void interface_func() const{}
};

struct Base_B{
    virtual void interface_func() const = 0;
};

template <class T>
struct Derived_B : public Base_B{
    typedef T value_type;
    void interface_func() const{}
};

struct Adapter
{
    const Base_A* pA;
    const Base_B* pB;

    Adapter(const Base_B &inst_B) : pB(&inst_B), pA(0){}
    Adapter(const Base_A &inst_A) : pA(&inst_A), pB(0){}
    void interface_func() const
    {
    	if( 0 != pA )
    		pA->interface_func();
    	else if( 0 != pB )
    		pB->interface_func();
    }
};


void f(const Adapter &arg)
{
    arg.interface_func(); // will call proper interface_func
}


int main()
{
    Derived_A<int> A;
    Derived_B<int> B;
    f(A);
    f(B);
}
share|improve this answer
    
This solution doesn't scale. Imagine if there were 15 base classes; Adapter would be difficult to maintain and a waste of space (as it would store 14 unused pointers) – coppro Nov 17 '09 at 22:53

Try the following:

template <template <typename> View, typename T>
struct Adapter
{
    // Leave empty to cause errors if used, or you could
    // provide a generic adapter for View<typename T::value_type>
}

// Partial specialization for a given base.
template <typename T>
struct Adapter<MatrixView, T> : MatrixView<typename T::value_type>
{
    const T& t;

    Adapter (const T& t)
      : t(t)
    {}

    void some_virtual()
    {
      // Do stuff
    }
}

template <template <typename> View, typename T>
const View<T>& adapt (const View<T>& v)
{
  return v;
}

template <template <typename> View, typename T>
View<T> adapt (const T& t)
{
  return Adapter<View, T>(t);
}

template <typename T, typename U>
foo(const MatrixViewBase<T> &Mview, const MatrixViewBase<U> &Mview2);

template <typename T, typename U>
foo (const T& t, const U& u)
{
  return foo(adapt<MatrixViewBase>(t), adapt<MatrixViewBase>(u));
}

I put const in everywhere I could; you don't have to use it in every situation if it's not appropriate. You can use specializations of Adapter for a given T to further tailor the behavior.

Interestingly enough, this is the first time I've ever recommended template template parameters.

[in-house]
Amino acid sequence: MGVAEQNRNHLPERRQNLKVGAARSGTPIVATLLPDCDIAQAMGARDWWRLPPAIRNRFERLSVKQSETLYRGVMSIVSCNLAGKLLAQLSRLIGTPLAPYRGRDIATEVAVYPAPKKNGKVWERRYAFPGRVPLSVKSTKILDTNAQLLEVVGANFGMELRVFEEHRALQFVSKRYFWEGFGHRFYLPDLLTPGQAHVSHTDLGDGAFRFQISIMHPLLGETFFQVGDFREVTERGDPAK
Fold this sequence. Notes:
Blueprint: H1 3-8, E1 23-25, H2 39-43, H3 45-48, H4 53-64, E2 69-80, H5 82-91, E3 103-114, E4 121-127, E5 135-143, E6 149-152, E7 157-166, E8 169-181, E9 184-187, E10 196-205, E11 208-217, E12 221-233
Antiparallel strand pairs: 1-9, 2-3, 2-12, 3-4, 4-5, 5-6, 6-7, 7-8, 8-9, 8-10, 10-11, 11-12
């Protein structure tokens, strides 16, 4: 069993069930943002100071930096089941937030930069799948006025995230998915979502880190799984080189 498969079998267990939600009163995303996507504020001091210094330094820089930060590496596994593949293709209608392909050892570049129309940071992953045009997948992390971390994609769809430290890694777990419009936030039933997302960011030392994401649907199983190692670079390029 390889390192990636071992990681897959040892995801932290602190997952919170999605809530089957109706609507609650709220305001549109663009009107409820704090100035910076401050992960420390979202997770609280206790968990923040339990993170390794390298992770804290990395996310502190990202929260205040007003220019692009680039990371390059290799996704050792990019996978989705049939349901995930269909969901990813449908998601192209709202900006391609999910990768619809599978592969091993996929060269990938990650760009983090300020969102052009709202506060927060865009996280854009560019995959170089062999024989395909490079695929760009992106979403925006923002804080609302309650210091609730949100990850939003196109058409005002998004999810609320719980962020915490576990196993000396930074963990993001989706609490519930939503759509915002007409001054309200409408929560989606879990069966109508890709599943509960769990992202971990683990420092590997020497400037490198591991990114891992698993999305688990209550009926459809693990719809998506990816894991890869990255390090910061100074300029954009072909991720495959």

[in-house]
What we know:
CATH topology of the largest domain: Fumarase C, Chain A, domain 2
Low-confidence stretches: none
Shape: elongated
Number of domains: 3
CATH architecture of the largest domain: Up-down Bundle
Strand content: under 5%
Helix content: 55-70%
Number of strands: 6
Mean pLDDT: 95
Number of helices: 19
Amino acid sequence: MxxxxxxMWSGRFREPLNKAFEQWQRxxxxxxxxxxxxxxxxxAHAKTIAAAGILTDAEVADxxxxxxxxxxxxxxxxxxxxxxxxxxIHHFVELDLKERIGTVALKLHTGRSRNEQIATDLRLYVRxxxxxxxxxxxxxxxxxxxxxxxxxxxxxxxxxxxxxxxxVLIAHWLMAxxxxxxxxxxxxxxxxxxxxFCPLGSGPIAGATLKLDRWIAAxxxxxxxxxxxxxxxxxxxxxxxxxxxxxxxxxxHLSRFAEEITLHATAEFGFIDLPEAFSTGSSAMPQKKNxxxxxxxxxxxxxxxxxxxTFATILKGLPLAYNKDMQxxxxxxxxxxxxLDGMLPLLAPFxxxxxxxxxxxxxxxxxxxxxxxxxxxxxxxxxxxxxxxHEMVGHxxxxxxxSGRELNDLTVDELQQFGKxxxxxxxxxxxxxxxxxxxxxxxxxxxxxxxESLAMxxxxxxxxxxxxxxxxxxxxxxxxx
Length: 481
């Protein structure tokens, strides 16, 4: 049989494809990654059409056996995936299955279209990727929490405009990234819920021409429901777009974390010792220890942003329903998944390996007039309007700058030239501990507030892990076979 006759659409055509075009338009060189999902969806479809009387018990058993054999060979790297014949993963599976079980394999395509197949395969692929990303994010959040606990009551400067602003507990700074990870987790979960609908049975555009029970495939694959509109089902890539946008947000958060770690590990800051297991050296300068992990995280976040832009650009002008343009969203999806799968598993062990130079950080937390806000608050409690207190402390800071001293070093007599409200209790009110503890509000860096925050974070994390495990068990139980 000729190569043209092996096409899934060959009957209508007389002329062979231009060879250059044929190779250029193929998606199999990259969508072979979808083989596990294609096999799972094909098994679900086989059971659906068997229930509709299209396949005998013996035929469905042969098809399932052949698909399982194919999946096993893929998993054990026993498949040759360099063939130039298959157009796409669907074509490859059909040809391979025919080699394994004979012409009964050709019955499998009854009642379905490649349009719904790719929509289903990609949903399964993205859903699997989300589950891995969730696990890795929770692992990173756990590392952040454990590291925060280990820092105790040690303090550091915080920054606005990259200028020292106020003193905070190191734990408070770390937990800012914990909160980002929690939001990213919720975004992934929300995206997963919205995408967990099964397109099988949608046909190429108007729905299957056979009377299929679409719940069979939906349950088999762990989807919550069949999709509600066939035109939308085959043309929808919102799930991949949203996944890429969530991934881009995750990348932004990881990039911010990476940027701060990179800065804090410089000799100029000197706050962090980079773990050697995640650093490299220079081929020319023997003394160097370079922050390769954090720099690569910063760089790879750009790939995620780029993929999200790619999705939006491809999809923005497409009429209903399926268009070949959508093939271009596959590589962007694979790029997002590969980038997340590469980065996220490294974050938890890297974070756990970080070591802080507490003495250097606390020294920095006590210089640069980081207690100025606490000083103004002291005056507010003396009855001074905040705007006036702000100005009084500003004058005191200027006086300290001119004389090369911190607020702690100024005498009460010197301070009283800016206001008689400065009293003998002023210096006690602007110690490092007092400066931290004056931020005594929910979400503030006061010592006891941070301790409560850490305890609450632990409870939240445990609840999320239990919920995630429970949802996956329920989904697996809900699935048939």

share|improve this answer
    
There are several syntax issues in the code you gave (the template parameter lists are messed up). Aside from that, the code still does not solve the problem, because I cannot write foo(A) where A is derived from MatrixBase, and foo takes a non-const ref. – Victor Liu Nov 17 '09 at 23:21
    
@Victor Liu: No, the template parameter lists are correct. That's a template template parameter, which is a template parameter that is another uninstantiated template. I suppose I wasn't clear after I changed my example around to put the machinery into Adapter; I'll fix that up. Also, I already fixed the non-const reference issue, that was an oversight. – coppro Nov 18 '09 at 0:30
    
@coppro, i think he means those "class" keywords are missing :) – Johannes Schaub - litb Nov 18 '09 at 9:45

I have not looked into the details of a templated solution, but while you are at it, you can check the boost preprocessor library to help you in defining the 2^N variations of the template. This won't be nice on compile time, but it will be better than manually creating the variations.

share|improve this answer
    
I have almost no experience using Boost. Could you perhaps provide a concrete example? – Victor Liu Nov 17 '09 at 23:40
    
I have used boost for a couple of years, but never the preprocessor lib. I would have to dig into tutorials/examples and the 'C++ Template Metaprograming' book to give you a clear example. On the other hand, some other boost libs are implemented using the boost PP lib, so that might serve as examples. – David Rodríguez - dribeas Nov 18 '09 at 7:18

I had to do this a while ago and the easiest (to maintain) solution I came up with was to have only one class (Matrix) that knows if it owns it's own data or is a view of someone else's data. E.g.,

Matrix A(n,m);  //Creates a new matrix of size (n,m)
Matrix B=View(A);  //Creates a matrix that's a view into A
Matrix C=View(pData,n,m); //Creates a matrix thats a view of data in a pointer that someone else owns

Foo(A);
Foo(B);
Foo(C);

It makes writing the Matrix class a little more difficult, but then later anyone who uses a Matrix, just uses it as a matrix, they don't need to care if it's a view or not.

Edited to add:

Why not just let BLAS manage the transpose for you? In the end, any of the BLAS functions are just going to want a pointer to a contiguous chunk of memory. So as long as your Matrix class knows how to get to that memory you're good. If the Matrix class has it's own isTransposed flag inside then you can do something like this:

Matrix A(n,m);
Matrix B=TransposedView(pData,m,n);
Matrix C=A*B;

Matrix& operator*(const Matrix& lhs, const Matrix& rhs)
{
  Matrix result(lhs.Rows(),rhs.Cols()); //or did i get that backwards :)
  char TransL=lhs.IsTransposed()?'T':'N';
  char TransR=rhs.IsTransposed()?'T':'N';
  _dgemm(TransL, TransR, ..., lhs.Data(), ..., rhs.Data(), ..., result.Data());
  return result
}
share|improve this answer
    
I considered doing this, but that this method is unacceptable for me, as I need to perform template specialization to call into LAPACK/BLAS. Using the current form, I can specialize Mult(const TransposeView<TrivialView<DenseMatrix<double>>> &A, const DenseMatrix<double> &B, DenseMatrix<double> &C) to a call to dgemm_("T", "N", ...). Using the complicated Matrix class approach, I could not specialize based on the view set. – Victor Liu Nov 17 '09 at 23:46
    
see my edit for a solution to your BLAS problem. I've actually solved this problem before, unfortunately what I did is proprietary so I can't just send you the code. – miked Nov 18 '09 at 20:30